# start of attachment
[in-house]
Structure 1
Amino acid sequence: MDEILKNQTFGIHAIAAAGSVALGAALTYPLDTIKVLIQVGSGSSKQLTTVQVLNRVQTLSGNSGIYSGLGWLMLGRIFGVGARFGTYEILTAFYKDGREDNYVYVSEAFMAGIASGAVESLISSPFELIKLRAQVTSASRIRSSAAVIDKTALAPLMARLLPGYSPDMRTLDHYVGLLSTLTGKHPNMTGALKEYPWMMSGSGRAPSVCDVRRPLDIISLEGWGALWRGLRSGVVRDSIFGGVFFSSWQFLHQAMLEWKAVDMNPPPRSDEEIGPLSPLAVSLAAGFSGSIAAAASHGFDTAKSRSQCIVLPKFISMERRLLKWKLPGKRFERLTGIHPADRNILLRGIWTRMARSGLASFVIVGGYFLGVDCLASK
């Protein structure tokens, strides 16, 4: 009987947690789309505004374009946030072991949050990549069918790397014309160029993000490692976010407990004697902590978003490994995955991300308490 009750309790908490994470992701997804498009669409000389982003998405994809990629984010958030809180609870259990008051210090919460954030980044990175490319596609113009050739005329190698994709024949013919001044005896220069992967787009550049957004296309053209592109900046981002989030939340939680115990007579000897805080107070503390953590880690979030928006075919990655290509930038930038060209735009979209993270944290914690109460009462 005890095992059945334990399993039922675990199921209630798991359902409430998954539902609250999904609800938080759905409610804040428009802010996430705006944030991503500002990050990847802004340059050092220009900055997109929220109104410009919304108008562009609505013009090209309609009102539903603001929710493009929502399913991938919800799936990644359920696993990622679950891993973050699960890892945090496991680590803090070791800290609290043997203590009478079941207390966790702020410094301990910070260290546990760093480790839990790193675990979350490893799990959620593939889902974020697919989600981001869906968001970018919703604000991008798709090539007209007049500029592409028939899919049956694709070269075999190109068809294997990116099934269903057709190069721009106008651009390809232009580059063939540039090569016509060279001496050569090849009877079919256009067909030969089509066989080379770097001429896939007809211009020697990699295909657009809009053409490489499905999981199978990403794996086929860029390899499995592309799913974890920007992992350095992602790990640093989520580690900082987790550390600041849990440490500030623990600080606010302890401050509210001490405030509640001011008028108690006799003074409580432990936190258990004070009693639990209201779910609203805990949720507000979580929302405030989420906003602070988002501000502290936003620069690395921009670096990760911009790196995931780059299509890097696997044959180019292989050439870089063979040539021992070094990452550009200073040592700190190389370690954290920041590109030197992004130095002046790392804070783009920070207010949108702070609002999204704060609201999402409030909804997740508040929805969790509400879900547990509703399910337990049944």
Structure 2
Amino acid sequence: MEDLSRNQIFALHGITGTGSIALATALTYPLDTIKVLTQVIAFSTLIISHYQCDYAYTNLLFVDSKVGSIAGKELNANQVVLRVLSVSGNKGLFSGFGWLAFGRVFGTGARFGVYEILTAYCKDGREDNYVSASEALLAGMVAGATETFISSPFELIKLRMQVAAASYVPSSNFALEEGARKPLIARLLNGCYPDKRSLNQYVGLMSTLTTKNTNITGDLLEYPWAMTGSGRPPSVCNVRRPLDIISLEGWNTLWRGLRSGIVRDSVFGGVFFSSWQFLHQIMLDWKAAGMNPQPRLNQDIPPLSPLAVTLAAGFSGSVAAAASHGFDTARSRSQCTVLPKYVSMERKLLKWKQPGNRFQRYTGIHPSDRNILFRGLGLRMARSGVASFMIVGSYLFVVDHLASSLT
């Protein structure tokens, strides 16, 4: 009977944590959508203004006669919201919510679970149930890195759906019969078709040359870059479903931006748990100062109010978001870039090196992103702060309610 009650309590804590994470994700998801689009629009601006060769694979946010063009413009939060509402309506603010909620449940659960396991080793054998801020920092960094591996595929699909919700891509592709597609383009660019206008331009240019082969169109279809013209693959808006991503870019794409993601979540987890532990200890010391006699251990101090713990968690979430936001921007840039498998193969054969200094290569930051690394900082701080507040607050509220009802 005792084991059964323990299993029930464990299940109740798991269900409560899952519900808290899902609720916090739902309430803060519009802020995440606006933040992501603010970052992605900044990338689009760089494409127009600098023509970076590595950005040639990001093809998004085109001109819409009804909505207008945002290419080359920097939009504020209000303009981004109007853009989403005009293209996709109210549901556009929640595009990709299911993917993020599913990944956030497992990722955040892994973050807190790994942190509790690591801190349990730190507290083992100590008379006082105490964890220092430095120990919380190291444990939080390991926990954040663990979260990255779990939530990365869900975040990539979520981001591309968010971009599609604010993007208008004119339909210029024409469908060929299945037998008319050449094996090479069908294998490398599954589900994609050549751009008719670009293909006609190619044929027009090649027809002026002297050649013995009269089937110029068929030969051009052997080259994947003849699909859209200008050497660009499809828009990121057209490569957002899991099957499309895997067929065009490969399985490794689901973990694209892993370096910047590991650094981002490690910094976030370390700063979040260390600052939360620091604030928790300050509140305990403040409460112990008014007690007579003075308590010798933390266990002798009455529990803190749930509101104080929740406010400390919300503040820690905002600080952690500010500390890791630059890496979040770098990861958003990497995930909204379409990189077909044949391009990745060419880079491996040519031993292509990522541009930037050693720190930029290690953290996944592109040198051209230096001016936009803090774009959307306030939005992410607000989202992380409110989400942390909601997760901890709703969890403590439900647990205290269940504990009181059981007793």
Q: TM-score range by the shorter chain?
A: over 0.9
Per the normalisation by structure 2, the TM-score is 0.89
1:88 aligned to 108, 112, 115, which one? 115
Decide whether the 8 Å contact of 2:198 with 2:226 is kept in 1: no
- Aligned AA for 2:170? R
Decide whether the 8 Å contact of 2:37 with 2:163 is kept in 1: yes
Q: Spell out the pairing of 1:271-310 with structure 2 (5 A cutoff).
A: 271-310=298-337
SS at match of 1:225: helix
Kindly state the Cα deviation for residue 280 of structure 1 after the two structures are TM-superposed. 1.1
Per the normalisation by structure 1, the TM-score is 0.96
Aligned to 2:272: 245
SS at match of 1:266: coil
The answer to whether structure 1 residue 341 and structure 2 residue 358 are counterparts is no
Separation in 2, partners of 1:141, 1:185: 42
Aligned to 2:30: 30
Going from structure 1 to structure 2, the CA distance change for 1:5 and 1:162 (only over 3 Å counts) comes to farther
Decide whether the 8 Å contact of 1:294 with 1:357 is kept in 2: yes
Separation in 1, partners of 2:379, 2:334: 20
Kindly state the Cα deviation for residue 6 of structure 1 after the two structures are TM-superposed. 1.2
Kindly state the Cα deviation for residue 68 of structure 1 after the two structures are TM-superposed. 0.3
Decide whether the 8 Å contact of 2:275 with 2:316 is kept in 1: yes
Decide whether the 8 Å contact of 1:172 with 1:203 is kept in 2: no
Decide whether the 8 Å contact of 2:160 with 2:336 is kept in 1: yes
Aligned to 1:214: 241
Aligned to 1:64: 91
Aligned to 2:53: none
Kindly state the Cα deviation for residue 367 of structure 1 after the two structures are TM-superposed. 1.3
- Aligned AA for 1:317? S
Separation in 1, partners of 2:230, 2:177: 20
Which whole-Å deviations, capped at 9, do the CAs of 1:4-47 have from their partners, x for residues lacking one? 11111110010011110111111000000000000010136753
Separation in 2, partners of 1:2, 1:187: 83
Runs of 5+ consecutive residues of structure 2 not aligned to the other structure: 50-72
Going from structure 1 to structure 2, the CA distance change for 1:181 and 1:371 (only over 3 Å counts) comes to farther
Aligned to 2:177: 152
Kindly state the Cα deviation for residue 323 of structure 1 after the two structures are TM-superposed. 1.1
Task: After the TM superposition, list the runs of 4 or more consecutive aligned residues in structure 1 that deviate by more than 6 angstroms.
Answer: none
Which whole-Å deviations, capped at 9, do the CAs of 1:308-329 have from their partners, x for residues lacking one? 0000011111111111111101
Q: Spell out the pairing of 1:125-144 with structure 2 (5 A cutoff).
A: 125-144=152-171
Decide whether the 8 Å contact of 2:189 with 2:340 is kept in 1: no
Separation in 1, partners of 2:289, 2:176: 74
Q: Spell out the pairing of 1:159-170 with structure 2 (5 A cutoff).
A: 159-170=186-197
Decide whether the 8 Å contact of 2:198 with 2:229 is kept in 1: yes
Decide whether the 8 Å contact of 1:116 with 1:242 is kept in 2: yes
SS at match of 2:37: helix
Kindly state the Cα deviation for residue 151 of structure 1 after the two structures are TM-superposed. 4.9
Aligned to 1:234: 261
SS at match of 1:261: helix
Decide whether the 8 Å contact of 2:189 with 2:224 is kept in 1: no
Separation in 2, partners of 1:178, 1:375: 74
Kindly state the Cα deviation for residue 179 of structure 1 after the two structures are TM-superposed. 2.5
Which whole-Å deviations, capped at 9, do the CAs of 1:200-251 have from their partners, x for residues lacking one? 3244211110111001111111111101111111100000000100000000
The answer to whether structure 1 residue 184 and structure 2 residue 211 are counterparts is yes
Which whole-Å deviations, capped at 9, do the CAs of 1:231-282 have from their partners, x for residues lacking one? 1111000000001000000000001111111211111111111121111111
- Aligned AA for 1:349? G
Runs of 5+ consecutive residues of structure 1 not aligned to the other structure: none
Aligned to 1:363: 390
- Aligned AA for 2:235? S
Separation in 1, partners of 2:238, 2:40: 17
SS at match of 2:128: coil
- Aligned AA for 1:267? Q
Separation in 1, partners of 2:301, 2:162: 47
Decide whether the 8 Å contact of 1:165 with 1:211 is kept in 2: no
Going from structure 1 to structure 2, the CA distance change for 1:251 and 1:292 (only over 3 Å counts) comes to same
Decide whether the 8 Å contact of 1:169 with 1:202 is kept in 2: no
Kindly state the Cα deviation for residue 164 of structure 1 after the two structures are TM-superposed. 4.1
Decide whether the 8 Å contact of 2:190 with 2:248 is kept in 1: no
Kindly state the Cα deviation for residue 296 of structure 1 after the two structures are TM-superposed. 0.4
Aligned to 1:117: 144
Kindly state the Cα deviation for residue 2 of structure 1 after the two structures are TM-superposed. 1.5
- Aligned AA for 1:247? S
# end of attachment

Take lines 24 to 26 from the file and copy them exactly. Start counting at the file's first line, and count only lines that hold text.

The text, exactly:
Aligned to 2:30: 30
Going from structure 1 to structure 2, the CA distance change for 1:5 and 1:162 (only over 3 Å counts) comes to farther
Decide whether the 8 Å contact of 1:294 with 1:357 is kept in 2: yes